BBC considers vuvuzela ban
"It's one option we are considering at the moment," said a BBC spokeswoman, adding that 545 complaints had been received about the ear-splitting noise which has become the unofficial World Cup soundtrack.
An iPhone application that mimics the blasting of the African trumpet, however, has been downloaded more than a million times.
Ironically, the app was designed by a Dutch duo. The Dutch have been the most vociferous in their disdain for the cacophonous horn, with coach Bert van Marwijk banning them from his team's training sessions and Dutch striker Robin van Persie blaming vuvuzelas on his inability to hear a referee's whistle.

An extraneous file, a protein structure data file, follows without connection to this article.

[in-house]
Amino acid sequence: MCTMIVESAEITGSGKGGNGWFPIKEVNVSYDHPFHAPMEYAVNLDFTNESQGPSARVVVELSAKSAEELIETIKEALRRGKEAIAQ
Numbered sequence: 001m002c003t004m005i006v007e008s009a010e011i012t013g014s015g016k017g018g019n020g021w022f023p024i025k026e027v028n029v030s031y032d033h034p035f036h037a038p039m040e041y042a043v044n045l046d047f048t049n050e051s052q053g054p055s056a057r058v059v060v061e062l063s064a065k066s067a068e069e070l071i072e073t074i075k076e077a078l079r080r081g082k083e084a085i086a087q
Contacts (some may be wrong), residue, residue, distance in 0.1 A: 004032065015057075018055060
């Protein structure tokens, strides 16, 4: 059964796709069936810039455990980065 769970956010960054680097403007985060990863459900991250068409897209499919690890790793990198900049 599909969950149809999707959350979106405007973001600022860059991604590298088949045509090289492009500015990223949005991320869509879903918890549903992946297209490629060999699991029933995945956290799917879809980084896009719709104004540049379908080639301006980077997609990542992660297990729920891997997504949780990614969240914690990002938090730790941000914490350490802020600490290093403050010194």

"It's the Vuvuzela jackpot," said Jeroen Retrae, co-designer of the iVuvuzela.
After gaining only a few thousand downloads since its launch eight months ago, downloads exploded after the start of the tournament, mostly from the United Kingdom, Germany and France.
The iVuvuzela app can produced about 90 decibels of noise on Apple's iPhone, iPod Touch or iPad, while the real horn belts out more than 130 decibels.
"But you can always hook your iPhone up to an amplifier," said partner Lyan van Furth.